Various problems have arisen in the interpretation of either conventional induction logging records or resistivity logging records of wells in areas where fresh water (relatively nonconductive such as less than 10,000 parts per million sodium chloride) are encountered. Such fresh water bearing sands or earth formations exhibit high resistivities (or low conductivities) much the same as those encountered in hydrocarbon bearing formations. In these cases it is difficult, if not impossible, to distinguish on the basis of the electric or induction well logging data alone whether an earth formation which is a prospective producing zone contains fresh water or hydrocarbon. It would therefore be very beneficial to provide a well logging system which on the basis of a single measurement of some of the physical characteristics of the earth formations in the vicinity of a well borehole could distinguish between fresh water bearing and hydrocarbon bearing earth formations. Such a system is provided in copending application Ser. No. 391,900, filed Aug. 27, 1973, which is assigned to the assignee of the present invention for a two frequency induction dielectric well log. The present invention uses the induction dielectric logging techniques of this aforementioned application but rather than operating at two different frequencies, makes measurements at two different effective depths of investigation at the same frequency. By appropriately combining porosity information and the two amplitude measurements made at the different effective depths of investigation according to the concepts of the invention, residual oil saturation and water saturation of the earth formations may be determined.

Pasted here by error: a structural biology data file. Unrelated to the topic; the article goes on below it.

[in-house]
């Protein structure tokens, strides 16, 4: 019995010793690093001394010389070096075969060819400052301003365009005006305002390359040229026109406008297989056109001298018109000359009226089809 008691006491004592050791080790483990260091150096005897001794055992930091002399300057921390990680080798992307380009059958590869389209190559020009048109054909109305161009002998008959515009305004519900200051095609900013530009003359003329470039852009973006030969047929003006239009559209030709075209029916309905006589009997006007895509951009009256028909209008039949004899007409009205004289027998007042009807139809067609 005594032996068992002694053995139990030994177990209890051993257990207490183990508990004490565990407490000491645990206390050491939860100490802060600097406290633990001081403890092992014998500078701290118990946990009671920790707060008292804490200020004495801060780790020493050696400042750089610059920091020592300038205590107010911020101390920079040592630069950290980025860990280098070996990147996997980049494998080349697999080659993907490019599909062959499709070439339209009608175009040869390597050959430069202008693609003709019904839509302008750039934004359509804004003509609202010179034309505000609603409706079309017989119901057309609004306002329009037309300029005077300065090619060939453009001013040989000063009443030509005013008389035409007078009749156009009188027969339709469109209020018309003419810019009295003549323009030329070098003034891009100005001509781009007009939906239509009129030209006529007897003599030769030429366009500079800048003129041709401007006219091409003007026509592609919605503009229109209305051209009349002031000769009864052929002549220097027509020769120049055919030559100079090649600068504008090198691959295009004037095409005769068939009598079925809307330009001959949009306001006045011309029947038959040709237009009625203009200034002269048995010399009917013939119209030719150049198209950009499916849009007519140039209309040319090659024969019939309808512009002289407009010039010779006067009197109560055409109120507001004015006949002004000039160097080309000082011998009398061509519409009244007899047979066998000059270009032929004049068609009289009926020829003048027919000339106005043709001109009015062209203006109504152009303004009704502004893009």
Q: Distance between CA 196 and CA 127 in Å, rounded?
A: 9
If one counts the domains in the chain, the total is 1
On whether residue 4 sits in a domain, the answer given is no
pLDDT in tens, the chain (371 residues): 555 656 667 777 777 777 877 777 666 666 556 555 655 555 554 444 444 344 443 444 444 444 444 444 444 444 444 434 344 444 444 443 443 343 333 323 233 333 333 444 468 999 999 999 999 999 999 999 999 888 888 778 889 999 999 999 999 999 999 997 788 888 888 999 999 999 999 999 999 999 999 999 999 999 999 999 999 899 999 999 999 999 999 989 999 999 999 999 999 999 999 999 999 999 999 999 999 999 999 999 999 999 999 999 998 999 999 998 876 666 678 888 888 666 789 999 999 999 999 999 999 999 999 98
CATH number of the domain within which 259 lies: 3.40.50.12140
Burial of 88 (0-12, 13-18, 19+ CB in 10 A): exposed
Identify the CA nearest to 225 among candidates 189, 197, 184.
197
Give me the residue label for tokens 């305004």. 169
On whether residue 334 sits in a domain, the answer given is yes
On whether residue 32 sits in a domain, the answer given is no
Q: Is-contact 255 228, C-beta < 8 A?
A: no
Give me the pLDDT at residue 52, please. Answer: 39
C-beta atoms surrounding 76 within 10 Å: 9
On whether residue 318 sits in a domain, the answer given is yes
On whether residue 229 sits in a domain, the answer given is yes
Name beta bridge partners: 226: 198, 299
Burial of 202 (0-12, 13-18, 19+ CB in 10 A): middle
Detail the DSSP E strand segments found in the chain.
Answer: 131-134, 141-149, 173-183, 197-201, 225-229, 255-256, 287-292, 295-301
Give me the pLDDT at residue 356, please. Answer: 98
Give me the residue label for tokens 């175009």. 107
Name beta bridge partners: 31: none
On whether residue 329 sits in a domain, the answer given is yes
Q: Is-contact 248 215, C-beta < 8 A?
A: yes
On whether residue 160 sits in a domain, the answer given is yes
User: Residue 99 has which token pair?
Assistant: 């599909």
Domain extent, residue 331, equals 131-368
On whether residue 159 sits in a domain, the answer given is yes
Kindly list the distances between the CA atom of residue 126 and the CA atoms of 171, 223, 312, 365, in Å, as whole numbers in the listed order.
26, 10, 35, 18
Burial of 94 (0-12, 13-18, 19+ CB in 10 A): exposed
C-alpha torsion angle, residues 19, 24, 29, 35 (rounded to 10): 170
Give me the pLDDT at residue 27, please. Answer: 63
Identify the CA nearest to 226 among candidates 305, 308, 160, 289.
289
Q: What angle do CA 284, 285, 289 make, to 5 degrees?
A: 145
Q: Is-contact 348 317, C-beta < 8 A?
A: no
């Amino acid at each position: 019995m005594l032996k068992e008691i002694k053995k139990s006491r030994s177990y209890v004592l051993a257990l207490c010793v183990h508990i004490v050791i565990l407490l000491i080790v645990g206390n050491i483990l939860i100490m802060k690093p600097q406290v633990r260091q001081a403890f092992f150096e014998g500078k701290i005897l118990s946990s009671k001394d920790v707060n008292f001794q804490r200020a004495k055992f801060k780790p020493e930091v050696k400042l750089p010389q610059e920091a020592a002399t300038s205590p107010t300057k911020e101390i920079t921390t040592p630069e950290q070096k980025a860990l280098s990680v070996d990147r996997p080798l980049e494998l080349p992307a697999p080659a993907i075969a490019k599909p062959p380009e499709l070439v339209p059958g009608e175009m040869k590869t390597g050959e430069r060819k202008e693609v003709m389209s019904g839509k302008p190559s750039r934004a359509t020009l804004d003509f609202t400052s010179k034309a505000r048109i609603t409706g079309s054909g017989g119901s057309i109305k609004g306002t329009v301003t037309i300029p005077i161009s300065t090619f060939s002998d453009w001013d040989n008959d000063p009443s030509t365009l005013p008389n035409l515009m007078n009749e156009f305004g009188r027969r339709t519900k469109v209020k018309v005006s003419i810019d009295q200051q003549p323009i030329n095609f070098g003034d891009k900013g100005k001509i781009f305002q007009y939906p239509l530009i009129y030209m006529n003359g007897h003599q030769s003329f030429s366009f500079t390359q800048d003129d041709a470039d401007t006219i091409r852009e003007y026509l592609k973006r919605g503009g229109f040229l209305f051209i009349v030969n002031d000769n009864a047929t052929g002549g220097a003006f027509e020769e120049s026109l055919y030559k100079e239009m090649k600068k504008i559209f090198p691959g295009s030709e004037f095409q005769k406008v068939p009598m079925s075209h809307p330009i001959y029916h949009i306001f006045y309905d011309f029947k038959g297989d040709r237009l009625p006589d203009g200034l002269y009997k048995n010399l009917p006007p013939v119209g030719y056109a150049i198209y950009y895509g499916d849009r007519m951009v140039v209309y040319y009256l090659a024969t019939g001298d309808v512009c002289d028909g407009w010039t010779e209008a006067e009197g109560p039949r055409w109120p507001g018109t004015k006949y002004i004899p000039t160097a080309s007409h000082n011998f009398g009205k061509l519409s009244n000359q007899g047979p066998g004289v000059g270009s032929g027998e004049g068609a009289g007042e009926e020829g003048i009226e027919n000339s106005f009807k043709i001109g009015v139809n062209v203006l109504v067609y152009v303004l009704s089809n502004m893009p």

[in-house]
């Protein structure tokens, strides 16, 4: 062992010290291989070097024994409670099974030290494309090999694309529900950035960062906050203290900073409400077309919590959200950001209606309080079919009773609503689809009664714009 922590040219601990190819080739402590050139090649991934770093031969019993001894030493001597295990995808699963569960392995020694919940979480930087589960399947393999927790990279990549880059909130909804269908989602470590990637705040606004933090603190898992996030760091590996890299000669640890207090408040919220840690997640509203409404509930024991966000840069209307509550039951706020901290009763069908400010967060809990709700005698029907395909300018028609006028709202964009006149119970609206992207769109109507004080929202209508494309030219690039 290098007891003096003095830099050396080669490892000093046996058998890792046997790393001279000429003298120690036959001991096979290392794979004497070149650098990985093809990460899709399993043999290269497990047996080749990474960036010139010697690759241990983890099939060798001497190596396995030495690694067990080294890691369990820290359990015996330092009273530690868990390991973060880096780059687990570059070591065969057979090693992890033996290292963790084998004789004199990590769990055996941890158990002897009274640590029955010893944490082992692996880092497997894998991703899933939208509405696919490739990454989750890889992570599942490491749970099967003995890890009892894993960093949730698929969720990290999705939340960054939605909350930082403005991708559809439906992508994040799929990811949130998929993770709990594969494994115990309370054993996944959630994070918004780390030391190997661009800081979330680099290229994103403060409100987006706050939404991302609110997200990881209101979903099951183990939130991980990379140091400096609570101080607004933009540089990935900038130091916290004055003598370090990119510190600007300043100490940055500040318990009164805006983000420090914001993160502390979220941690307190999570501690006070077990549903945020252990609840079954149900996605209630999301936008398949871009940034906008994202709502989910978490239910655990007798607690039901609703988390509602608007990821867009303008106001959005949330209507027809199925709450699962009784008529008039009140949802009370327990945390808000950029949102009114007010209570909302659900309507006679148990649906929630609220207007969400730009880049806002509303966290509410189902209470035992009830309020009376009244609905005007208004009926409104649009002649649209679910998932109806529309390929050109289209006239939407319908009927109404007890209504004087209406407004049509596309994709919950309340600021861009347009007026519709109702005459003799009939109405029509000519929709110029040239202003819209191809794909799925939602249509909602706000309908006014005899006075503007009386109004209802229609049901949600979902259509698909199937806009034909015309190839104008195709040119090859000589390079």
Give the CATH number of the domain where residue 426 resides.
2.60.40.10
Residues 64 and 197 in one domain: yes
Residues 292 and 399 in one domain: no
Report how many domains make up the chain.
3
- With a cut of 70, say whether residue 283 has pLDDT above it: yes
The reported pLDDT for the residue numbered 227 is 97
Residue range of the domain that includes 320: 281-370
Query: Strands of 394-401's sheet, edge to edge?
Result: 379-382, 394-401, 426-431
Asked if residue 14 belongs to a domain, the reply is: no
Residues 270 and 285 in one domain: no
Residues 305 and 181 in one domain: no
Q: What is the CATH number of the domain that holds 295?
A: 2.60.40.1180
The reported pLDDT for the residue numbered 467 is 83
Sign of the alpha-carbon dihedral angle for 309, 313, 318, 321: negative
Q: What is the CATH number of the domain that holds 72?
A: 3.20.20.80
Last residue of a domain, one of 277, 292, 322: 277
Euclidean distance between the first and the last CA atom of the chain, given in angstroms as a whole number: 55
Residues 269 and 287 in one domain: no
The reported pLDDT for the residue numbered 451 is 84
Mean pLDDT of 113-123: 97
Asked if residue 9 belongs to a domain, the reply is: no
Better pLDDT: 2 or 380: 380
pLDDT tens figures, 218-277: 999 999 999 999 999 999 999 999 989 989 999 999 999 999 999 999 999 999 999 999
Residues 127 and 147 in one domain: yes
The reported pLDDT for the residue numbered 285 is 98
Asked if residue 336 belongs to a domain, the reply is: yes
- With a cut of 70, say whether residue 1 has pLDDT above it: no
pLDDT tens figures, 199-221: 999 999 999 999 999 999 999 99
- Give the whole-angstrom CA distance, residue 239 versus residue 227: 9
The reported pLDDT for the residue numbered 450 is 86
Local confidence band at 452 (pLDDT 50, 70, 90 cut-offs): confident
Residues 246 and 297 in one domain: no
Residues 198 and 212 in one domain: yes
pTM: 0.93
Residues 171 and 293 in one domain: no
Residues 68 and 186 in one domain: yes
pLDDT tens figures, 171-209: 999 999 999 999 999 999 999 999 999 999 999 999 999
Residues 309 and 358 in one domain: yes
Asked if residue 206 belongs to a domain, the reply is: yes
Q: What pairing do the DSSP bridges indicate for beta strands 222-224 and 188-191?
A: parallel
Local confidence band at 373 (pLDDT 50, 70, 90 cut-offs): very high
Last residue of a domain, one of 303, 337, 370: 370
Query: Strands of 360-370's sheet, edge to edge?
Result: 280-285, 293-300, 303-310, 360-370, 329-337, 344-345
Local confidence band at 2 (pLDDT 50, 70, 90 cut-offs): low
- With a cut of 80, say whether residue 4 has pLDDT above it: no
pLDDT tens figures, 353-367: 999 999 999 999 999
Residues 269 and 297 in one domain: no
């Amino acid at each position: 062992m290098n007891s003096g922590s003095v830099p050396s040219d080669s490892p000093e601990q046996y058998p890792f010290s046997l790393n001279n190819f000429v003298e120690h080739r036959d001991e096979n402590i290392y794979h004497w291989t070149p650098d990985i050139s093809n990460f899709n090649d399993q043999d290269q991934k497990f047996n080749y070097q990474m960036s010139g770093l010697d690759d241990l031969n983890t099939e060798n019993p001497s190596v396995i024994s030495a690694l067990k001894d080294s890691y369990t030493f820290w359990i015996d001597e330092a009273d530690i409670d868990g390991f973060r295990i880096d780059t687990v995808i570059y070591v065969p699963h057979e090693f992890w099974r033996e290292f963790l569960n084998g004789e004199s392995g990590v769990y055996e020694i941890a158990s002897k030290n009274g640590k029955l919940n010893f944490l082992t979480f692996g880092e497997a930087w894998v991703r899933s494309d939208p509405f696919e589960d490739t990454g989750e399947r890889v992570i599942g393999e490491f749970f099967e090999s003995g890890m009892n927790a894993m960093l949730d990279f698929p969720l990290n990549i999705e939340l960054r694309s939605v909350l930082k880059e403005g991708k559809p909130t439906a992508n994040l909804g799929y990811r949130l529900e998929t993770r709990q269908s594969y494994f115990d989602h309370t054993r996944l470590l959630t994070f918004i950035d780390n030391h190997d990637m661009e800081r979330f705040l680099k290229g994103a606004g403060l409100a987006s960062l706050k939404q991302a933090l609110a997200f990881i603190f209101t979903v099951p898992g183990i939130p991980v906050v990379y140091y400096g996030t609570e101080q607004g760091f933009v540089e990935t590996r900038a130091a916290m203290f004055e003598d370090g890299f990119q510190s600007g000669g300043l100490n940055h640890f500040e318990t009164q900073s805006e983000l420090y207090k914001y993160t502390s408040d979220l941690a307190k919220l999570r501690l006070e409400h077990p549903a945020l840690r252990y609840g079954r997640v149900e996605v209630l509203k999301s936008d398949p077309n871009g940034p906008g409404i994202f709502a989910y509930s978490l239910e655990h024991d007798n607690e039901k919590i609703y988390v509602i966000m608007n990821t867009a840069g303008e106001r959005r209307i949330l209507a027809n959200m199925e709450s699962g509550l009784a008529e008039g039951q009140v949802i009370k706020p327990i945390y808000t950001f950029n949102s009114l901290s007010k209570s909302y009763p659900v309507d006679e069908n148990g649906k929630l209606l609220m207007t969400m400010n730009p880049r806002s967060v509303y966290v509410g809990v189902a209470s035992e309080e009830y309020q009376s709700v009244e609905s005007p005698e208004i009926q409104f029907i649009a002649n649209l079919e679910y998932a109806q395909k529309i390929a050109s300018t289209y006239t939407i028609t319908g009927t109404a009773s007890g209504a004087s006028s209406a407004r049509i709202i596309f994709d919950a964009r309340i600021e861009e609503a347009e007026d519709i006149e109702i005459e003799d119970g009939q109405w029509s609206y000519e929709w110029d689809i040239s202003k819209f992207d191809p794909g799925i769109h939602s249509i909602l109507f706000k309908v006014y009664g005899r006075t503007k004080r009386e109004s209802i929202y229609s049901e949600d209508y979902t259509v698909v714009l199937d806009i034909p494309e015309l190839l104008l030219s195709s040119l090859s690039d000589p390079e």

In the well logging system of the present invention a downhole well logging sonde is provided which contains two different radio frequency dielectric measurement apparatuses. One radio frequency dielectric induction logging apparatus comprises a 30 megahertz transmitting apparatus together with a spaced single coil receiving apparatus. The second radio frequency dielectric induction logging apparatus comprises a focused dual coil 30 megahertz receiving apparatus and uses the same transmitting coil which is used with the other 30 megahertz transmitting apparatus. At this radio frequency the physical characteristics of the earth formations surrounding the well bore which influence the high frequency alternating currents induced in these formations by the transmitting apparatus include both the dielectric constant (or permittivity) of the earth formations together with the conductivity (or resistivity) characteristics of the earth formations in the vicinity of the borehole. By measuring the amplitude of the received signal at each of these two different receiver configurations, both the permittivity characteristics and the resistivity characteristics of the earth formations in the vicinity of the borehole may be determined. Novel apparatus for performing these amplitude measurements at the radio frequency is provided together with means for interpreting the measured amplitudes at these two different effective depths of investigation to derive the resistivity and the permittivity of the earth formations. When combined with porosity information the residual oil saturation and water saturation may be determined.
The novel concepts of the present invention are pointed out with particularity in the appended claims. The invention is best understood by reference to the following detailed description thereof when taken in conjunction with the accompanying drawings in which:
FIG. 1 is a block diagram illustrating the overall layout of a radio frequency induction dielectric logging system in accordance with the present invention;
FIG. 2 is a theoretically derived cross plot of the amplitude response of the two receiver configuration systems of FIG. 1 showing the response of this system for a range of formation permittivity and resistivity values;